I fully agree with Diacon Nick’s argument. I am disappointed that the Queen has done nothing to prevent a whole raft of anti-Christian laws since the Abortion Act 1967. It would have been better if she had refused the Royal Assent to the Abortion Act 1967, and then lost her job as a result, than materially cooperated in evil. She is after all the Defender of the Faith, and the Church of England is opposed to abortion and same sex marriage. For this reason, together with the heavily Masonic nature of the Royal Family and its cooperation in setting up the New World Order, I have not been very happy about the festivities surrounding the Diamond Jubilee. England will never be a Christian or happy country again until Our Lady receives her again as Her dowry and she is consecrated to Her Immaculate Heart, like she was in the Middle Ages, before she became a Protestant imperial power starting in the 16th Century.

  • Michael Petek

    The Queen cannot unilaterally abdicate, as she reigns by force of a law which she did not make and cannot change without the assent of both Houses of Parliament. An unjust law such as the Abortion Act is not a law at all, so it makes no difference whether she gives Royal Assent or not.

    It is the duty of her judiciary to strike down laws which are inconsistent with the Coronation Oath and with their own oaths of office. The role of the Christian faithful – in particular the laity – is to provide the critical mass within the political community to stabilise the throne so that the Queen in her courts, and if necessary in person, has the legitimacy to make this kind of judicial intervention.

    • “The Queen cannot unilaterally abdicate” Edward VIII and James II did.

      I’m no fan of the Royal Family but I really think this article is mean spirited.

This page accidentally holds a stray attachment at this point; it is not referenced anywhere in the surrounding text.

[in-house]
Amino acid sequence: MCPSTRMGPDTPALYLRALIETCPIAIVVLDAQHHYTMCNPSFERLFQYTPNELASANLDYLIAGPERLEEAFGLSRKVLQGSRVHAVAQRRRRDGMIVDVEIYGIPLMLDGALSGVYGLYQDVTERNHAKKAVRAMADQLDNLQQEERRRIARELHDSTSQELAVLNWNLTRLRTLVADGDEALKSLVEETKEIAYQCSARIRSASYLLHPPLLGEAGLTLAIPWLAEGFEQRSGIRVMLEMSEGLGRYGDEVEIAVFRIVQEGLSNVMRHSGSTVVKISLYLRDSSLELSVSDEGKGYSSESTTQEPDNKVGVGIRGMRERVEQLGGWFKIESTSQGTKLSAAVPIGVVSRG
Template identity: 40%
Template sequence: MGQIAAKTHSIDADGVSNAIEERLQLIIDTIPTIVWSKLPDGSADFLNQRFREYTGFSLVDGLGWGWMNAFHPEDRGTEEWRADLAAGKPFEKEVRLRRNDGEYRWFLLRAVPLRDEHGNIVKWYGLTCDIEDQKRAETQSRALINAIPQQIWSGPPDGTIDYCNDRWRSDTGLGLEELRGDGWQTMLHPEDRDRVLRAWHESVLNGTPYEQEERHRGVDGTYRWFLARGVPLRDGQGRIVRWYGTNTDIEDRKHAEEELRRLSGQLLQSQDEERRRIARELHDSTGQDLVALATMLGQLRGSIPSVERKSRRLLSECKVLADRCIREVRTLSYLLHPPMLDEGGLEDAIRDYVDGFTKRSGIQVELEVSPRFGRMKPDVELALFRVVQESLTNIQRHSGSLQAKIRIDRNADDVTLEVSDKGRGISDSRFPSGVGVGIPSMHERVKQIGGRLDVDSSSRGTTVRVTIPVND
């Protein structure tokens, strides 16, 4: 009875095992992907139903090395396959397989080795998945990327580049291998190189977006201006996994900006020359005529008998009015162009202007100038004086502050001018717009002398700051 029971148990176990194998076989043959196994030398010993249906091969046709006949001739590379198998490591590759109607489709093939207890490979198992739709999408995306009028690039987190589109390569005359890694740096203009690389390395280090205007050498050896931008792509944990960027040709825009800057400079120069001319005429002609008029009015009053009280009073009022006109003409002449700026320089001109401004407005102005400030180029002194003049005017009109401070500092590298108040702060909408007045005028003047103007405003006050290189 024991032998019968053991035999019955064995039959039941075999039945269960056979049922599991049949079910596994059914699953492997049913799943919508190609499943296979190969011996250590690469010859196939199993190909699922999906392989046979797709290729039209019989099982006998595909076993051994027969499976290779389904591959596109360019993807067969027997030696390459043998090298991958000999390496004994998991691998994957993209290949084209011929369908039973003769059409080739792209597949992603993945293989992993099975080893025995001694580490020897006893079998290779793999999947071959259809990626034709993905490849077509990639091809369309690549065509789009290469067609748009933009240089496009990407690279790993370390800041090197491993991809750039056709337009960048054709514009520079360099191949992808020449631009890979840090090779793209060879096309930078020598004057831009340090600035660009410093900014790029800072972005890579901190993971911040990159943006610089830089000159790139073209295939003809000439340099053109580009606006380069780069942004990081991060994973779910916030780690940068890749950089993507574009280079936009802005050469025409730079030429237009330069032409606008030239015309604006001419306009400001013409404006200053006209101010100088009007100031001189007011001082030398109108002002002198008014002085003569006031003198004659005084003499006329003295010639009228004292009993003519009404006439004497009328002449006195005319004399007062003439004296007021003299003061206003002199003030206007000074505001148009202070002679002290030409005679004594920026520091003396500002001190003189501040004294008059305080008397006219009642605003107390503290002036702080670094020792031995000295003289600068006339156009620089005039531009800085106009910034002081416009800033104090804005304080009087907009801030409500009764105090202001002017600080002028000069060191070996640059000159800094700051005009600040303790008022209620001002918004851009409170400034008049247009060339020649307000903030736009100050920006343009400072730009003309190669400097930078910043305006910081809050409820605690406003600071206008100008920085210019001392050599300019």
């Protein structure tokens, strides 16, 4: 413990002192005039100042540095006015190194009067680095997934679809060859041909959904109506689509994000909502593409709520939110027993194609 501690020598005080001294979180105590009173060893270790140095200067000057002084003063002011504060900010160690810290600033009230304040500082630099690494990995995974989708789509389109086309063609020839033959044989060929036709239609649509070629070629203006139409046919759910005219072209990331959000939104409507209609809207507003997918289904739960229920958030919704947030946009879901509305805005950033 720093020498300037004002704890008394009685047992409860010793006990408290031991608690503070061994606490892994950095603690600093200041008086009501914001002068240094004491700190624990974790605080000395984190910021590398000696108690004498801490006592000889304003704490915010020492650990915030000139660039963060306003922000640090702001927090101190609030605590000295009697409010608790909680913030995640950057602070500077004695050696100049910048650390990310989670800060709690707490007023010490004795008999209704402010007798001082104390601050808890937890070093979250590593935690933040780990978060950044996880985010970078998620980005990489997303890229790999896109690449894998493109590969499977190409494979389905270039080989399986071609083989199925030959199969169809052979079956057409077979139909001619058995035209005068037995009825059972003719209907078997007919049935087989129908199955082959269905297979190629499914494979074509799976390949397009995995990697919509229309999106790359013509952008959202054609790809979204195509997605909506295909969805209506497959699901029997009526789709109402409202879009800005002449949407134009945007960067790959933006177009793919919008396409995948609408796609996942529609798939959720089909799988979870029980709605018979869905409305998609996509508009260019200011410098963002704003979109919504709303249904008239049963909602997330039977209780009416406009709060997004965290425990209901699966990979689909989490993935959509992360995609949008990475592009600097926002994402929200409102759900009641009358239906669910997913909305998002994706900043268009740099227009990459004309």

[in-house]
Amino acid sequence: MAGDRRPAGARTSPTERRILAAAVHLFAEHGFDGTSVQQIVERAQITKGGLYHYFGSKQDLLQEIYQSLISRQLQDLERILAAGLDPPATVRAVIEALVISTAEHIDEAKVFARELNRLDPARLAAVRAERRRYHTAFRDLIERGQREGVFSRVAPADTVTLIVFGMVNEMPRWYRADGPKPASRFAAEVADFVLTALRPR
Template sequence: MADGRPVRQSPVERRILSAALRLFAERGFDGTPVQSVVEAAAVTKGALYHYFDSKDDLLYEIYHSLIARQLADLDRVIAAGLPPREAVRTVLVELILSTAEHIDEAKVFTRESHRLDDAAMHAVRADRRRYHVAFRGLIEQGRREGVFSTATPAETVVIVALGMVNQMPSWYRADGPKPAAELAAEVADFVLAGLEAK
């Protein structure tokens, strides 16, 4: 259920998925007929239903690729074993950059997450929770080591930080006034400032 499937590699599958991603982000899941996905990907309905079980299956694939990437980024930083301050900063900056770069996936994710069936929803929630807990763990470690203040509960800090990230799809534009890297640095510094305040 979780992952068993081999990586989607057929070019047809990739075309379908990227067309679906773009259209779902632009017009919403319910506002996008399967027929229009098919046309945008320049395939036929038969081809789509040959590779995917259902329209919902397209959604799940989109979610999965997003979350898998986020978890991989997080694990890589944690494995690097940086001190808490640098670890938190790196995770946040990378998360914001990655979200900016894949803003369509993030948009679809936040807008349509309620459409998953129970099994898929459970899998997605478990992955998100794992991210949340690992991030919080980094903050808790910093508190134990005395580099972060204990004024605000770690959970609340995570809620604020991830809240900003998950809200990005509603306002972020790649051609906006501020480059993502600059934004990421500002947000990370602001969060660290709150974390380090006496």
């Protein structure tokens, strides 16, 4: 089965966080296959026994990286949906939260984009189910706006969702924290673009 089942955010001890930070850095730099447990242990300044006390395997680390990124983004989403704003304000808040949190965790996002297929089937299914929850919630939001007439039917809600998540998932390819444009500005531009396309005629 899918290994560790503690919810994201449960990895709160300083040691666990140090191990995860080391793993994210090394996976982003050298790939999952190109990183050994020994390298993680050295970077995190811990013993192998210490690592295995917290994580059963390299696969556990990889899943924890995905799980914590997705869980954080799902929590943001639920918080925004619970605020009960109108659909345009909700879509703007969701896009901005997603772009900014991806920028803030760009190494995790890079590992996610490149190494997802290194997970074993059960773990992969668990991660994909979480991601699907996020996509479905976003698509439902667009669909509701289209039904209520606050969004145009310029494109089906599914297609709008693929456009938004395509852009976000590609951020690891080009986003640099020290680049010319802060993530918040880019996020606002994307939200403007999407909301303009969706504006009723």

For a start she’s not a Catholic so what would she be doing abdicating over a Catholic issue?
      Not that it isn’t important to protestants but her symbolic role as head of the CofE is to do what the bishops and the Anglican Communion want her to. When Edward VIII took on the bishops of the CofE he was forced to abdicate, when James II did he was driven into exile and when Charles I did he was decapitated. When are any of you going to realise this is not a Catholic country…? I dont think you can lay the 1967 abortion act on the Queen. Historically the only issues monarchs have resigned over in England are their divine right to rule and their personal carnal desires. It is simply false to state the Church of England is opposed to abortion full stop – the truth is a lot more complicated than that. And there is a divergence of opinion between Anglicans and Catholics on these issues dating back at least until the 1958 Lambeth conference. It is a main battleground between the Vatican and Anglican Communion. Therefore it seems to be a bit simplistic to dump all the blame on the Queen. It is a cheap debating trick of the type that Christopher Hitchens used to indulge in. Shoot the messanger even if they’re not even carrying the message.